Arts & Entertainment
LAZAR. THE GOOD DUD DOG
Teach Your Children Well
wo authors of children's books —
Myrna Gelman Shanker and Laurel
Snyder — have brought personal
commitments to new projects and will
appear together as part of this year's Family
Day at the Jewish Community Center of
Metropolitan Detroit's 59th Annual Jewish
Book Fair 4 p.m. Sunday, Nov. 7, in West
Bloomfield. At 10:30 a.m. the same day,
Snyder will be in Oak Park as well.
Shanker will address her attention to
seniors while Snyder will focus on interreli-
gious inclusion as part of the Global Day of
Jewish Learning, during which communities
from around the world will come together to
celebrate Jewish learning, values and unity.
Locally, the Global Day of Jewish Learning
is co-sponsored by the JCC and Jewish
Federation's Alliance for Jewish Education.
Shanker, who lives part of the year in
Michigan and part in Florida, took profes-
sional inspiration from her daughter, Wendy
Shanker, also appearing at Book Fair (for
more on Wendy's book Are You My Guru?
How Medicine, Meditation and Madonna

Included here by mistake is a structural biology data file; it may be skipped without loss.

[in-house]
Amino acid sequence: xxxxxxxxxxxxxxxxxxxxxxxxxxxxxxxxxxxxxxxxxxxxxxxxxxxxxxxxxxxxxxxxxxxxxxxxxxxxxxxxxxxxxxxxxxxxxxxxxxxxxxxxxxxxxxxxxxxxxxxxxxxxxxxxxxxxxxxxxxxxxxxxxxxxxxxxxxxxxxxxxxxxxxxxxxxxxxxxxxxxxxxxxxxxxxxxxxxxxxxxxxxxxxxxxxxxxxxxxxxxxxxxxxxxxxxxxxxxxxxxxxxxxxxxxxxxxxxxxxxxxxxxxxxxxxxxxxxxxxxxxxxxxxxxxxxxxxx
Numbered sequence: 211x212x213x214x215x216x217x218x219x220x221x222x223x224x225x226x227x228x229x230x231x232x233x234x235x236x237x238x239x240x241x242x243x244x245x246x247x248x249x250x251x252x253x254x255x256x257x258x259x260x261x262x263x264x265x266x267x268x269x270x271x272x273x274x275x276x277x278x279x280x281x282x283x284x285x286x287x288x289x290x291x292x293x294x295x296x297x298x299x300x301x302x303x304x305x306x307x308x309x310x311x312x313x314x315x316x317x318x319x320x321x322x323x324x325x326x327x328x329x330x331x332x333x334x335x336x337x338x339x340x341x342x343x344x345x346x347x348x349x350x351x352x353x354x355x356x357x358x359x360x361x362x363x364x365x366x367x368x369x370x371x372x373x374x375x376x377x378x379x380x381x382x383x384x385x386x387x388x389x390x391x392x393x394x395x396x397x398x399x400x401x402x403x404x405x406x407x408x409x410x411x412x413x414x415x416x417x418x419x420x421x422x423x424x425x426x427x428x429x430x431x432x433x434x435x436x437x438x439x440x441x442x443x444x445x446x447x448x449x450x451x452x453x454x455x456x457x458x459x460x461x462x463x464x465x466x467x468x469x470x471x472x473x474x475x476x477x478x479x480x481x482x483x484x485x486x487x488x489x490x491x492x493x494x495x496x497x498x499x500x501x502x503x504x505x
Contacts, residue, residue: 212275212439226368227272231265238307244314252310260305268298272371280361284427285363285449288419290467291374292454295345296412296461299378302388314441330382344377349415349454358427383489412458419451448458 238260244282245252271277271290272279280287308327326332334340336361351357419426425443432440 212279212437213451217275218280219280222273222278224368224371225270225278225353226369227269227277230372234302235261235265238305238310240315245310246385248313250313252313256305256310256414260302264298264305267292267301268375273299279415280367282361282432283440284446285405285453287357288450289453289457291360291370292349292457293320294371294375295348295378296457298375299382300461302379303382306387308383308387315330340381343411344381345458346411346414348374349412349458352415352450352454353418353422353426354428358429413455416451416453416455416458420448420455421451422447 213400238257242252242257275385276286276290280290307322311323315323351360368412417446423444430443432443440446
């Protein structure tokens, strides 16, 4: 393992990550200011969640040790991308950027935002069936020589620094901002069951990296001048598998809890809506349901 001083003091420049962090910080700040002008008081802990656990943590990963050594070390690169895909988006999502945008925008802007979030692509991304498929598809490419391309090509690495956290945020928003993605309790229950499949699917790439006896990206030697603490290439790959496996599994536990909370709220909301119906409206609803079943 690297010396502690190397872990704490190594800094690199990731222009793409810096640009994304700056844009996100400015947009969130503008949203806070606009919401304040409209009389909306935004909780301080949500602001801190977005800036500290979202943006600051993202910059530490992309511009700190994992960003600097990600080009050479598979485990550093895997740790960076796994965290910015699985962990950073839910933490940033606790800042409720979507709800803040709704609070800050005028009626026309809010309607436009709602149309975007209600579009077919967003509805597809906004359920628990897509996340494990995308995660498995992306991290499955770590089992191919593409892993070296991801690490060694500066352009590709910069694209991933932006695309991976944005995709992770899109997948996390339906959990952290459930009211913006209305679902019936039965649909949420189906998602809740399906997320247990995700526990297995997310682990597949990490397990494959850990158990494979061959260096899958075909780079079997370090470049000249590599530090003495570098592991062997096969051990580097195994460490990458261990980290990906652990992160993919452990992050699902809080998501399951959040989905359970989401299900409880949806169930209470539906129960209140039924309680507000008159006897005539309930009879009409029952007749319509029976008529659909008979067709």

Saved My Life, see opposite page), and came
up with Lazar, the Good Deed Dog: Giving
Love and Respect to Our Elderly (Kar-Ben;
$12.95). The book describes the activities of
Lazar, the golden retriever rescue dog who
interacts with residents at the Fleischman
Residence/Blumberg Plaza in West
"I was visiting a friend living at
Fleischman and noticed the dog',' Myrna
Shanker recalls. "I was informed that Lazar
also lived there, and I saw how his energy
with the residents lifted their spirits. It
e w s
seemed like a good story for children:'
The book, illustrated by Linda
Robinson, is presented in rhyme and
introduces characters as representative of
people at the facility.
"I read a study that shows that when
seniors have meaningful experiences with
children, animals or plants, they have a
reduction in loneliness, boredom and vul-
nerability,' the author explains. "I hope this
book motivates young people to appreciate